Carmilla, written by Joseph Sheridan Le Fanu, is one of vampire fiction’s earliest tales and predates Dracula by almost thirty years. Along with a poem written by Heinrich August Ossenfelder—which tells of a vampire threatening to drink the blood of a pious maiden and corrupt her views of Christianity—Carmilla was one of the first of its kind to introduce the concept of erotism around vampires, however problematic, and explore the bond that develops between the alluring creatures of the night and the victims they feast upon.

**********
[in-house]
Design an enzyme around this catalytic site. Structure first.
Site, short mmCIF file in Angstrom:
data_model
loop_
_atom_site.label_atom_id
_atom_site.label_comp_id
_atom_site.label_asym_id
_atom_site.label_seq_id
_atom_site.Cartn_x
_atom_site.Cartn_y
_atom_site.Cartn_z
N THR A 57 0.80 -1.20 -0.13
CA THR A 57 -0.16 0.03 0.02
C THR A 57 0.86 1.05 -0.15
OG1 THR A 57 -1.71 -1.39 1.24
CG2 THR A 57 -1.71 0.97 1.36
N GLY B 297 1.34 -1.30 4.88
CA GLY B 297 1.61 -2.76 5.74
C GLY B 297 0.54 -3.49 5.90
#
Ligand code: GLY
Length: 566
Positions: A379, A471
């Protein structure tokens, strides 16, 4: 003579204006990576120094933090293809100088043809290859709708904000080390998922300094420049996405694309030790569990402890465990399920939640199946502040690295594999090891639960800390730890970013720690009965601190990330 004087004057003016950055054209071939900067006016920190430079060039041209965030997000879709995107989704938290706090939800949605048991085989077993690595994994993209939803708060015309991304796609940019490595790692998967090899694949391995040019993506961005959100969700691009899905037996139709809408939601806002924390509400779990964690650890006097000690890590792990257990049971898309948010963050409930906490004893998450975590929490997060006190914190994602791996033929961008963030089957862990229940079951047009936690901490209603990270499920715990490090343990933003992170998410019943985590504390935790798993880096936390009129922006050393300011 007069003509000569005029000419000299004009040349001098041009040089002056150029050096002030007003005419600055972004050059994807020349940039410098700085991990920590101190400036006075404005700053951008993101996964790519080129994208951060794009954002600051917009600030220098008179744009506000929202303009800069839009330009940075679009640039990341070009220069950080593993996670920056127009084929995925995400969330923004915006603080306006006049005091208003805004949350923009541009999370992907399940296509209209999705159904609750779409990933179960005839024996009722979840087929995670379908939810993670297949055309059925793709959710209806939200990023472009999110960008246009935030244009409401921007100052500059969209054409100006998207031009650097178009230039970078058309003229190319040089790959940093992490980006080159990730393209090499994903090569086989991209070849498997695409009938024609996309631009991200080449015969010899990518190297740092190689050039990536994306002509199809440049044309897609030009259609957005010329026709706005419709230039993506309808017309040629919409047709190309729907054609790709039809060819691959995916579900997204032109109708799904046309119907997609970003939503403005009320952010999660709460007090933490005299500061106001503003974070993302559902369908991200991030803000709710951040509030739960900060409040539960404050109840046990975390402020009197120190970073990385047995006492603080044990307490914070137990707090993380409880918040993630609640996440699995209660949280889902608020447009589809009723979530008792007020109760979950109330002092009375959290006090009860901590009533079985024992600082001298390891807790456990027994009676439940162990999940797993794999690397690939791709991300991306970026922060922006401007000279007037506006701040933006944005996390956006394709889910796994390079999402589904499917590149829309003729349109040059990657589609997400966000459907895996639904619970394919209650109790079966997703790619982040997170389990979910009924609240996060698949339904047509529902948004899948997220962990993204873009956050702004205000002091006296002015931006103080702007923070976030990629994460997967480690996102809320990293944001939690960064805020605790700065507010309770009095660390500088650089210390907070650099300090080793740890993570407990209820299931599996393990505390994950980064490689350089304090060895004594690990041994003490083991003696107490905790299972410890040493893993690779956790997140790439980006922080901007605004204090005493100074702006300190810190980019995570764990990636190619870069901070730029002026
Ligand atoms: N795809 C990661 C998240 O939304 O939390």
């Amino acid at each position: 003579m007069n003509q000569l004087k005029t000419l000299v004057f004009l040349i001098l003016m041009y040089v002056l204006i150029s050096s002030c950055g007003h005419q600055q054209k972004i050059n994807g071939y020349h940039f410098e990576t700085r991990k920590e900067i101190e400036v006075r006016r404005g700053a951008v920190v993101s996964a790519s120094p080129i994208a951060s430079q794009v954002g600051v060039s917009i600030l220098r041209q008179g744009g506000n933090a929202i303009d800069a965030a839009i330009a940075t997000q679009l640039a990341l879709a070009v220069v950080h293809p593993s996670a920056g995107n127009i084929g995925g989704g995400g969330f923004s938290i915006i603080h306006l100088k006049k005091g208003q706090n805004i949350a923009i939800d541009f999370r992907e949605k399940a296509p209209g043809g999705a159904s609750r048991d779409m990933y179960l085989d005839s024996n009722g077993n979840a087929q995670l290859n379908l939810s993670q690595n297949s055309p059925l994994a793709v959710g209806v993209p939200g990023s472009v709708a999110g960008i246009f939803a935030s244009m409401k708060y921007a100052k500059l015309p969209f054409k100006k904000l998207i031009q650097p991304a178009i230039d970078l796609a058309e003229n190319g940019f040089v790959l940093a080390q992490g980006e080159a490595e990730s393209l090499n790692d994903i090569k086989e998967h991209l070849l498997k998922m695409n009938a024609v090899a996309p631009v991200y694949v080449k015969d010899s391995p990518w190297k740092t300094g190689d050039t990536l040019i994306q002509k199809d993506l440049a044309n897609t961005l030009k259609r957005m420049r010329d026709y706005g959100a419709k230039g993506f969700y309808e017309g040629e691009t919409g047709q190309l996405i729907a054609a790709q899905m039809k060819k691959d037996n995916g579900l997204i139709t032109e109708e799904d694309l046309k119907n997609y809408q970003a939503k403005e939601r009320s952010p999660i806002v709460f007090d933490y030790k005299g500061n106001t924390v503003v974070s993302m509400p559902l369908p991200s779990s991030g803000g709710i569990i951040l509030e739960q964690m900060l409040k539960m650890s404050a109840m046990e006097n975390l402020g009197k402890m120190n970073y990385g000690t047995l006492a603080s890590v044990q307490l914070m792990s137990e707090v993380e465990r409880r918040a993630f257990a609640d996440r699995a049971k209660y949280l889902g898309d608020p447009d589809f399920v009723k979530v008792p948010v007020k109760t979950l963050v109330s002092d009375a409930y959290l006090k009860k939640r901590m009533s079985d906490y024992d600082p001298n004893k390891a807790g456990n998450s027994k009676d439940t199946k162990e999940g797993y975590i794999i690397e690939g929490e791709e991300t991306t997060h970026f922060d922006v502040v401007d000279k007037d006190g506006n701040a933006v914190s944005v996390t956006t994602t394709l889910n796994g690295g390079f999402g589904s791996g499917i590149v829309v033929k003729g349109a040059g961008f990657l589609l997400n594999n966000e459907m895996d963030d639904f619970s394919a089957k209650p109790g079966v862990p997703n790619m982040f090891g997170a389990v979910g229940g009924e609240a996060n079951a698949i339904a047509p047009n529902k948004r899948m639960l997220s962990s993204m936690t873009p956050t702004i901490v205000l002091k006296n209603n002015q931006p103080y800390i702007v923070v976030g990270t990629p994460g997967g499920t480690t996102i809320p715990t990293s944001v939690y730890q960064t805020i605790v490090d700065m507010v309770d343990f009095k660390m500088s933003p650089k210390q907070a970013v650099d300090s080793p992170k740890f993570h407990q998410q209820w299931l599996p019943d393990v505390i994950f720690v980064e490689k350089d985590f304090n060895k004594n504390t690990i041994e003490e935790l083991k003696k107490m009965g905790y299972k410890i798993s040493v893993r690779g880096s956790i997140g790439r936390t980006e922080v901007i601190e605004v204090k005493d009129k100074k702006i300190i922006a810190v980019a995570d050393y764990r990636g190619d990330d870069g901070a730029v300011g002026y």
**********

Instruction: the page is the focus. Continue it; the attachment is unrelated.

Despite holding a place in vampire fiction longer than the infamous Count Dracula and setting a precedent for decades of vampire films and stories following in her wake, Carmilla has yet to take a substantial bite out of popular culture the way Bram Stoker‘s creation has. Emily Harris’ take on the classic vampire attempts to rectify that and presents a moody and dreamlike atmosphere faithful to the novella it’s adapted from—mostly. While the novella was a product of its time and tones down the themes of lesbian attraction and romance, the 2020 film elevates homosexuality to the forefront of the story but strips it almost entirely of its vampiric roots.